Spanish political parties have been meeting with King Felipe VI to discuss who they will support to be the next prime minister ahead of an investiture vote expected for the first or second week of July.
But amid these talks, the Socialist Party (PSOE), which won the highest number of seats at the April 28 general election but fell short of an absolute majority, has remained notably silent.
Sánchez has always liked to play a leading role in negotiations. But not this time
Ana Oramas, a lawmaker with the small regional party Canary Coalition (CC) with years of experience in negotiations, put it bluntly: “It is the first time in 11 years that we have arrived at the round of talks with the king without having a single conversation with the investiture candidate or their team.”
Oramas maintained that her party’s two members of Congress will not help PSOE leader Pedro Sánchez secure a second term in office. But on the same day that PSOE lost these two votes, it won the option of replacing them with two others from the Navarrese People’s Union (UPN).
The fractured results of the general election mean that there are many ways for Sánchez to be sworn in as prime minister in the second round of the investiture vote, where only a simple majority is required (more yes votes than no votes).
The Socialists appear to be playing a waiting game while other parties – especially the center-right Ciudadanos (Citizens) and the far-right Vox – hold numerous meetings, negotiate with one another, and deal with infighting.
The PSOE is open to all options, even to a deal with Ciudadanos, which may ultimately prove too difficult. And it has managed to keep its options open without hardly entering into negotiations. “The PSOE is not calling anybody because it is taking its time to see if there are other allies around,” said Alberto Garzón, the leader of United Left, which joined forces with the anti-austerity party Podemos at the general election to run as Unidas Podemos.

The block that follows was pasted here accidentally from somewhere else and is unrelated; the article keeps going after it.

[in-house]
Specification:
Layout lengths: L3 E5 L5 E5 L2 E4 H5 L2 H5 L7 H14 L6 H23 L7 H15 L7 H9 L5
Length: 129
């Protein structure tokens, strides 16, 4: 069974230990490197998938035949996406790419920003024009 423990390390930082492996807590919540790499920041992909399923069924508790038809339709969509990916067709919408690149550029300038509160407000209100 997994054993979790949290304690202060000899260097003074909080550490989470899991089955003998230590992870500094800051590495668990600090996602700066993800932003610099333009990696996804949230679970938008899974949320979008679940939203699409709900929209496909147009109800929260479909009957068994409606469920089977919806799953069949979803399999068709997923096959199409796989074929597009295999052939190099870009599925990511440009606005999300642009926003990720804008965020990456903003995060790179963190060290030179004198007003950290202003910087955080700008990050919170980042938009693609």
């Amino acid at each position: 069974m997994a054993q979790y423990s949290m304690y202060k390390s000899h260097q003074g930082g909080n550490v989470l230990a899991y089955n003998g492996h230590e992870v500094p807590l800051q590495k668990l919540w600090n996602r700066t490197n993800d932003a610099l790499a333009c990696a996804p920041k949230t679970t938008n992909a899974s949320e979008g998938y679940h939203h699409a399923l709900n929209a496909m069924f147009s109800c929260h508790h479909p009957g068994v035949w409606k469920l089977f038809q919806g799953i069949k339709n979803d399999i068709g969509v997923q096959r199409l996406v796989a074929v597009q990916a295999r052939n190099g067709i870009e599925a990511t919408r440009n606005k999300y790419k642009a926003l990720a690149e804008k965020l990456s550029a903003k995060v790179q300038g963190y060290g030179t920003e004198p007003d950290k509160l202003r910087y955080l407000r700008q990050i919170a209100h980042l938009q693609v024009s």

Podemos is concerned that Sánchez might be able to convince Ciudadanos to abstain at the second investiture vote, which would give the PSOE a clear simple majority and make Podemos’s 42 votes far less valuable. While it is an unlikely option, it is not impossible. Ciudadanos leader Albert Rivera has said that his party would vote against Sánchez, and the leader of the conservative Popular Party (PP), Pablo Casado, has also indicated the PP would vote no. But with so many players in the ring, the game could yet change.
Podemos leader Pablo Iglesias is hoping for a coalition government with the PSOE and several ministerial positions for leading members of his Unidas Podemos group. But Sánchez would rather lead a minority government and the fact that Podemos did poorly at local and regional elections held on May 26 has worked in his favor.
Sánchez has liked to play a leading role in negotiations ever since he took power in June 2018 after leading a successful no-confidence motion against former Prime Minister Mariano Rajoy of the PP. But this time around he is following the strategy of his predecessor, who always waited to see how the pieces fell before making a move.
The PSOE is not calling anybody because it is taking its time to see if there are other allies around
United Left leader Alberto Garzón
Legal formalities require King Felipe VI to talk to all the main political leaders about the possibilities of a successful bid for the prime minister’s office. He will then inform congressional speaker Meritxell Batet whether he is officially proposing Pedro Sánchez, the top candidate as he won the most votes on April 28. If so, the latter will be given enough time to reach cross-party deals before putting his nomination to the vote inside Congress. The investiture debate could theoretically take place either the first or the second week of July, said acting government spokeswoman Isabel Celaá.
There is a precedent for failure in the recent past. Following the December 2015 elections, winner Mariano Rajoy did not secure enough support for a successful investiture bid and he refused to submit to a vote. Sánchez stepped up, but was voted down in Congress. This led to a repeat election in June 2016.